PINK FLOYD Dark Side Of The Moon reviews

The first book that Seth dictated was , followed by what many, including me, feel is his magnum opus, . Two books followed that nearly broke my brain, titled the . When Seth's books were published, there was nothing quite like it in Western culture, particularly a prominently published book (bodies of work such as the Silver Birch and Theosophy material qualified, but were not widely known in the West in those days). Later, the term "channeling" came into vogue to describe the phenomenon. As a body of channeled work, I consider the Seth Material still one of the best. If one's intuition is not awakened, the words of Seth can be seen as gibberish, and many have dismissed it as nothing but the alter ego of a deluded woman.

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In this chapter, we learn some things about Dracula's strengths and weaknesses. Apparently, he must sleep on a pile of very particular soil‹hence the many boxes full of Transylvanian earth. Later, we learn from Van Helsing that it must be soil sacred to his family. The boxes will be an important target towards the end of the book. During the sleeping stage, he cannot move, but he is not helpless: Jonathan's attempt to kill him is thwarted by a glance, and when Jonathan tries to escape a gust of wind slams the door shut before him. With feeding, the Count grows younger and stronger; with the population of London to prey on, he will grow stronger still. Dracula's inability to comprehend shorthand foreshadows part of the way that he will be defeated: though clever and powerful, the modern code is unbreakable for him. One of his greatest limitations is that in many ways he is a creature of the past, and the heroes of the story will be able to mobilize modern gadgetry and science‹alongside superstition and Christian icons‹against him. Jonathan's diary, it is worth noting, is kept in shorthand. Although Jonathan's unimaginative nature made him unable to understand the true nature of Dracula, rationality, science, and modern sensibilities (when combined with a good crucifix and knowledge of vampire lore) are valuable tools in the battle against the vampire.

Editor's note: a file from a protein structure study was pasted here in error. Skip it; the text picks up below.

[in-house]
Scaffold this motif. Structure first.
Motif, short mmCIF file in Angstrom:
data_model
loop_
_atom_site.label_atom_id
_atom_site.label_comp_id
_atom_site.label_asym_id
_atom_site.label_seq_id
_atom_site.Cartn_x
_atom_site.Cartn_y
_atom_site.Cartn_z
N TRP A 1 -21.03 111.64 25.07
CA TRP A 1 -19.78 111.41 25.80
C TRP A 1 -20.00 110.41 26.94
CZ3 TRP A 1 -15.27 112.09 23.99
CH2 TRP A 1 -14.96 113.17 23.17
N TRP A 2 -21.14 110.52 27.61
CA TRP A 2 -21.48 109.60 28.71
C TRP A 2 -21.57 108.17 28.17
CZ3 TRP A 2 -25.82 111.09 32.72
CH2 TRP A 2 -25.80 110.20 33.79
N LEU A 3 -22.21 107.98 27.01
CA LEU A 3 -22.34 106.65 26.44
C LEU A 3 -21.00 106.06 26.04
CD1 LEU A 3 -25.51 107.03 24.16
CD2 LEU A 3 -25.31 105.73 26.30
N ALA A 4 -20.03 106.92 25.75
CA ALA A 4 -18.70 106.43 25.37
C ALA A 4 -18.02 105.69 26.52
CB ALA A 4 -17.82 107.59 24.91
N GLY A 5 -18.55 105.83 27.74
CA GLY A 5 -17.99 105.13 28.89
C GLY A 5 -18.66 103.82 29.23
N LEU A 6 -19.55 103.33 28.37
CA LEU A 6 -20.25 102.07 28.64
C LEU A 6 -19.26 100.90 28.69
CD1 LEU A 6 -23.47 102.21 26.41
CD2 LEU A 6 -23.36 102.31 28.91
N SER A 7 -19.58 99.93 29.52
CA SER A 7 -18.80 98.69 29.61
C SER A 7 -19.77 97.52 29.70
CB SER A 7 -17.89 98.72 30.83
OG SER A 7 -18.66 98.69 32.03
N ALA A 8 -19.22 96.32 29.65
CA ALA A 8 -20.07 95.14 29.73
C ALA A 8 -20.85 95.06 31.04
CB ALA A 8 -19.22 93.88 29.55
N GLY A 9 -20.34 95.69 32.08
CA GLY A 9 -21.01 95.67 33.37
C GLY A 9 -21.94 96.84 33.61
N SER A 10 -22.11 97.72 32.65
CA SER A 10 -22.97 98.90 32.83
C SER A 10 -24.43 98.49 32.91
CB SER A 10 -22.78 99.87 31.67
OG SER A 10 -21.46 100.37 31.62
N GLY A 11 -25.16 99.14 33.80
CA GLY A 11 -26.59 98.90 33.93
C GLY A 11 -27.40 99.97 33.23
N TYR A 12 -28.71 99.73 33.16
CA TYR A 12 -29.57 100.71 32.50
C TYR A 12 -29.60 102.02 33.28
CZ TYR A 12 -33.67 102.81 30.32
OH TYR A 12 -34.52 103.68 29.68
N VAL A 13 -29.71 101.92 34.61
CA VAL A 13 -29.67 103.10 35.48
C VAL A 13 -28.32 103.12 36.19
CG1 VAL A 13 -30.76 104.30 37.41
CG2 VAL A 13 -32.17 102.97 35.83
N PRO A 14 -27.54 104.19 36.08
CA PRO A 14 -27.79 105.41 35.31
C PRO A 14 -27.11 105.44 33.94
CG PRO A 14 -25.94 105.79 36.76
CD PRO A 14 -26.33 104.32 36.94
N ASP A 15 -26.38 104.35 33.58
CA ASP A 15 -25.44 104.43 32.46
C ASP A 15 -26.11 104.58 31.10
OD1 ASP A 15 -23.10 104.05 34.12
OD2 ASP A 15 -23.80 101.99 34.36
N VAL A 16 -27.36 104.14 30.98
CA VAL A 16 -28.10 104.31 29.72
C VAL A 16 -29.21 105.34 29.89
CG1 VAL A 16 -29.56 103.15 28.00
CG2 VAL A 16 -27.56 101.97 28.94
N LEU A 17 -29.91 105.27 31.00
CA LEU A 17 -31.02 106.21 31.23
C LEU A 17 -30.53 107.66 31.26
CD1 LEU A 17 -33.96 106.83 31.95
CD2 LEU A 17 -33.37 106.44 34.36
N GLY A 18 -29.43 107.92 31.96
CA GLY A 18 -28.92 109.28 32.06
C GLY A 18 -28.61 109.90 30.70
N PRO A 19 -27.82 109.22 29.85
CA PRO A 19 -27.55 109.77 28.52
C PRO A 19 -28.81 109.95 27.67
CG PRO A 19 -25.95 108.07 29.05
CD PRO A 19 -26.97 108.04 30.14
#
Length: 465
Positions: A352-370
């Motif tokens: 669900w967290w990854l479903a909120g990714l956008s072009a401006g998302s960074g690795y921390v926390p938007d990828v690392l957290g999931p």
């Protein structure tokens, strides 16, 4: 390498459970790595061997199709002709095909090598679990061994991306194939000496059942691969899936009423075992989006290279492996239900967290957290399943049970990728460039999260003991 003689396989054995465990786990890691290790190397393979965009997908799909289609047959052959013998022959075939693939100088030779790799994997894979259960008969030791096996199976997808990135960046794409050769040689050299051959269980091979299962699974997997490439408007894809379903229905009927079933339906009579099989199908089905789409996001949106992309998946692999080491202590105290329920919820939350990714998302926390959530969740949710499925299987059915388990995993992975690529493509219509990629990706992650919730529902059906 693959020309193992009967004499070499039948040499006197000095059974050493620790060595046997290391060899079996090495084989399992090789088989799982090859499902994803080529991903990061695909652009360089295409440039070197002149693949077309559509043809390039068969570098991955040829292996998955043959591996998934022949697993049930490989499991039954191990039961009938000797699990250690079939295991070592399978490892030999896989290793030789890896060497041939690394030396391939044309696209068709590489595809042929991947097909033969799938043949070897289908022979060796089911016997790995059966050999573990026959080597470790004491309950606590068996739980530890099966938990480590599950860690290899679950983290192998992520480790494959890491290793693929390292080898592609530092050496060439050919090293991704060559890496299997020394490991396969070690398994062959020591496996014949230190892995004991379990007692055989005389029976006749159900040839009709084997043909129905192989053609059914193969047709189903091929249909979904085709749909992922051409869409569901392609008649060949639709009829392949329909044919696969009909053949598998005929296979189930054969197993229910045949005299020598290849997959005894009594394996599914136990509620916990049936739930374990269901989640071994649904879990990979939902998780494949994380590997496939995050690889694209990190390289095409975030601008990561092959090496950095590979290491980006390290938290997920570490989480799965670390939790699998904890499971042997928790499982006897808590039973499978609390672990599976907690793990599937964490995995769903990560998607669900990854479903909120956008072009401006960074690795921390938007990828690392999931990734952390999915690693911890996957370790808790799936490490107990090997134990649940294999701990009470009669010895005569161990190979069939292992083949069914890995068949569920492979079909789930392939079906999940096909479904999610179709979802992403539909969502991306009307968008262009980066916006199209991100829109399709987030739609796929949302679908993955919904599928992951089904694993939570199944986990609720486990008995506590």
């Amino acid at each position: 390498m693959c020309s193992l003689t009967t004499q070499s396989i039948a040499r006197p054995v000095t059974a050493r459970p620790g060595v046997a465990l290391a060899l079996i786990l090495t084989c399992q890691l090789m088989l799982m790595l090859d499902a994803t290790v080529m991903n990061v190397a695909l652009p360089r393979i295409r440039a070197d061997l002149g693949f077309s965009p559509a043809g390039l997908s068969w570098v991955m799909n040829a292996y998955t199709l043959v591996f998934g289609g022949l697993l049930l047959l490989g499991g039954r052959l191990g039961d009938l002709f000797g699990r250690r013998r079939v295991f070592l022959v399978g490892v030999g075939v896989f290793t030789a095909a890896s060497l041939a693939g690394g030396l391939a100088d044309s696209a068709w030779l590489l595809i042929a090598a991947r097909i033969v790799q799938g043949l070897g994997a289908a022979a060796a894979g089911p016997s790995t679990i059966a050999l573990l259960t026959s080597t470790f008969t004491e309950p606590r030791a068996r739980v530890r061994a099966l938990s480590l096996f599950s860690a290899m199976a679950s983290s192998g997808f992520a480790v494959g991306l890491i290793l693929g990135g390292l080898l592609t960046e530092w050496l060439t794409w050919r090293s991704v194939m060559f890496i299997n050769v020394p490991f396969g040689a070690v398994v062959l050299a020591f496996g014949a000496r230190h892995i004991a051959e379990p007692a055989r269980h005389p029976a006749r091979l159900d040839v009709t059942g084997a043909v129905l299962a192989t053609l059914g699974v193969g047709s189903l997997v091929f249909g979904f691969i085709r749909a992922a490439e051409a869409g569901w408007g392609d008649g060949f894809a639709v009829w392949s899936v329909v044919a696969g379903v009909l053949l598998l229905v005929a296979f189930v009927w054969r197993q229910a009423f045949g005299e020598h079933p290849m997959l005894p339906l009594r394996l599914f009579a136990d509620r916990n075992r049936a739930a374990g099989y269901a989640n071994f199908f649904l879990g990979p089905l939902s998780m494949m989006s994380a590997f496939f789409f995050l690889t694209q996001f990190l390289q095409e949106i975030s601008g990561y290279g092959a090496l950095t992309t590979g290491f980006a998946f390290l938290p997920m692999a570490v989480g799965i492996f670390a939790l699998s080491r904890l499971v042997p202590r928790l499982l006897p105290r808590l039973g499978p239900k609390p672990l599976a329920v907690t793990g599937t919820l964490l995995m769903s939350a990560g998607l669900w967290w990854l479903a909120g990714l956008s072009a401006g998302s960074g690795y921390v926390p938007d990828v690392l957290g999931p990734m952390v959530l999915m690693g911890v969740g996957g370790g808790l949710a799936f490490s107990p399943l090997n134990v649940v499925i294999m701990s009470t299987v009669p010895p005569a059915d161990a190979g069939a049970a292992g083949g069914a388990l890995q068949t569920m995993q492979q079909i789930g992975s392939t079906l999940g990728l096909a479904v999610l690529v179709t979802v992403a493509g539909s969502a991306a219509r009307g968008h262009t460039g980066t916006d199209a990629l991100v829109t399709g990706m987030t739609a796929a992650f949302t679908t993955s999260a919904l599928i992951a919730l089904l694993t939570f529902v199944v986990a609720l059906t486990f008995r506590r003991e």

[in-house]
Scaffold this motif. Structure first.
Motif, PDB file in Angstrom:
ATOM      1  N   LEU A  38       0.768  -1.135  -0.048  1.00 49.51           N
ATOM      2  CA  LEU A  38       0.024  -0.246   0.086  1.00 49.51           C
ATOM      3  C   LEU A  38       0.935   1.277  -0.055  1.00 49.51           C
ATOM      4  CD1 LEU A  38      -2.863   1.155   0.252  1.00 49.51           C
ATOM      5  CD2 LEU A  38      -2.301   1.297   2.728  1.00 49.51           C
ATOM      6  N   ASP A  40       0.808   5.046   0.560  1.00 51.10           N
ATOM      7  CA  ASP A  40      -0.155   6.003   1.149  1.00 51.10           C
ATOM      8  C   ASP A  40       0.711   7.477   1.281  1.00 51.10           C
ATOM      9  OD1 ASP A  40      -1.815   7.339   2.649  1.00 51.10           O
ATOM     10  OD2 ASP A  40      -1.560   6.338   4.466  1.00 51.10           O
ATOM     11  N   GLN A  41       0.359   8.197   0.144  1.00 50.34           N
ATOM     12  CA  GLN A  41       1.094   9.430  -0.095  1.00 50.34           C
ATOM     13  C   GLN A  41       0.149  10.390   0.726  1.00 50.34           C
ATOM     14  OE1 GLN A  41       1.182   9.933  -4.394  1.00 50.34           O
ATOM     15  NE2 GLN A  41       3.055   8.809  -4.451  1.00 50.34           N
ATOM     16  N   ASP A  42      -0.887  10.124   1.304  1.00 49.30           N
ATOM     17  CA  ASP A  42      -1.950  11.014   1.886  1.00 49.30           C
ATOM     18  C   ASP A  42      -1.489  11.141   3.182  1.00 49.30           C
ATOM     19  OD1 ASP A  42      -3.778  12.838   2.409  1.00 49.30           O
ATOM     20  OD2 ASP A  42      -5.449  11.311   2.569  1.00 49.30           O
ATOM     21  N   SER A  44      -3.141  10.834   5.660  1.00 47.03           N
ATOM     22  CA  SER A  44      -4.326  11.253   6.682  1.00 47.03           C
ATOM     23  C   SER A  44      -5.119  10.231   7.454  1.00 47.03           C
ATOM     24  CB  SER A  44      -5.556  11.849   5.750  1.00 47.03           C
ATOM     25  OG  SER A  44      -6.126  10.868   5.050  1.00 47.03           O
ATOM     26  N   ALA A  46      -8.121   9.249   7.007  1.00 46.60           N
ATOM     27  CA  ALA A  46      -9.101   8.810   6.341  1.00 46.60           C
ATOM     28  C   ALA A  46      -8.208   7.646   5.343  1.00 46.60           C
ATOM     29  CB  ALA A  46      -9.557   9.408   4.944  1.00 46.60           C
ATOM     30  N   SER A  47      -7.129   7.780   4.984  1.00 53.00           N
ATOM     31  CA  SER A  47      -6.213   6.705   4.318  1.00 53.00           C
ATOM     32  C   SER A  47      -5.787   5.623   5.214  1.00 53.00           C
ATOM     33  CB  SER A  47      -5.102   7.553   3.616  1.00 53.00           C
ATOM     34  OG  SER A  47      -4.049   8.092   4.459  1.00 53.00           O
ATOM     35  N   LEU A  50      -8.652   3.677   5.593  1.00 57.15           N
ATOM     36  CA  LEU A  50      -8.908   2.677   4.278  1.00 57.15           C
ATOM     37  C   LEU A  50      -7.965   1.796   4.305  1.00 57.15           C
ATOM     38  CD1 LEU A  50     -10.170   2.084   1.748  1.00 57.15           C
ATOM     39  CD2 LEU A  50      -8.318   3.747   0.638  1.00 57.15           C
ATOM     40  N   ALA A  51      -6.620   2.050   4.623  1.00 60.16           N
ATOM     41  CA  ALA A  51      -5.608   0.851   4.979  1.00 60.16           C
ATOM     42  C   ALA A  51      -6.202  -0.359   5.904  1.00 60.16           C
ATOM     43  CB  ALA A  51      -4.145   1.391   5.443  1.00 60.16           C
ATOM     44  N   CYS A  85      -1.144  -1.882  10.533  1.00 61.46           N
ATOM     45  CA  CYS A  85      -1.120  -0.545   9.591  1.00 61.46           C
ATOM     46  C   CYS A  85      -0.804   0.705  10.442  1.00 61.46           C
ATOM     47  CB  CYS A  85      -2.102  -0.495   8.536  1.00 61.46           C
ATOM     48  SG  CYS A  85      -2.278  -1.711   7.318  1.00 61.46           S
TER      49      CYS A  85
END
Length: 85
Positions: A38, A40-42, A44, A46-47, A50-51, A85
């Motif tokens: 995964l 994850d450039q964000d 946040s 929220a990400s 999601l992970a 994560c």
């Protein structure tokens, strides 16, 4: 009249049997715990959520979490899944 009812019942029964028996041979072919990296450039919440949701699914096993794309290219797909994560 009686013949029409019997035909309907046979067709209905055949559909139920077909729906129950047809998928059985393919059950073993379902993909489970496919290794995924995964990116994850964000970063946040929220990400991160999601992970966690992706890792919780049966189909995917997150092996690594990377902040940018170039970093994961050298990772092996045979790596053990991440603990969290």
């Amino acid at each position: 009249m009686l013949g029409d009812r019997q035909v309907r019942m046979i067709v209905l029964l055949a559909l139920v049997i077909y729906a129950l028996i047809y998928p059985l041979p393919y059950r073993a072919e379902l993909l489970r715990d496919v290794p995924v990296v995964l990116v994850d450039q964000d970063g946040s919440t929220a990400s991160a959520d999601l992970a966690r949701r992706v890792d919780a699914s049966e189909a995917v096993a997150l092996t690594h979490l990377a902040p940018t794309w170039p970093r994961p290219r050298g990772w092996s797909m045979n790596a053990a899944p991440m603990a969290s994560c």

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 Ex-jock and TV commentator and novelist (Titans, 1994, etc.) Green offers a mostly cautious and apologetic look at the behind- the-scenes world of pro football. Green offers many stories about a whole raft of ills plaguing the sport he loves--such as AIDS, drugs, and violence. But rather than study the problems in a detailed manner and propose solutions shaped by his unique vantage point, he dismisses many kinds of indiscretions by players, coaches, reporters (and even referees) as mere examples of ``boys being boys.'' He admits that, yes, as a result of football's ever-present physical pounding and psychological pressure, even he used and misused painkilling drugs and sleep aids--``but nowhere to the point of abuse.'' Other examples of pulled punches include a mash piece to the widely disliked coach Jerry Glanville. He admits that individual and institutional racism still exist in the NFL; he insists that groupies aren't as common as we believe them to be (and, besides, he asks, what kind of guy would want to go out with a groupie, anyway?). Green is more persuasive in describing the day-to-day toll the game exacted from his body, although his description waffles between the pedantic and the folksy. But when he chooses a safe target (as, for instance, the league's arcane and silly uniform policy), Green really lets loose, and the results are truly amusing. Green the football raconteur is tempted to bite the hand that fed him--but Green the television sports commentator doesn't seem to want to draw blood. (Author tour; TV satellite tour)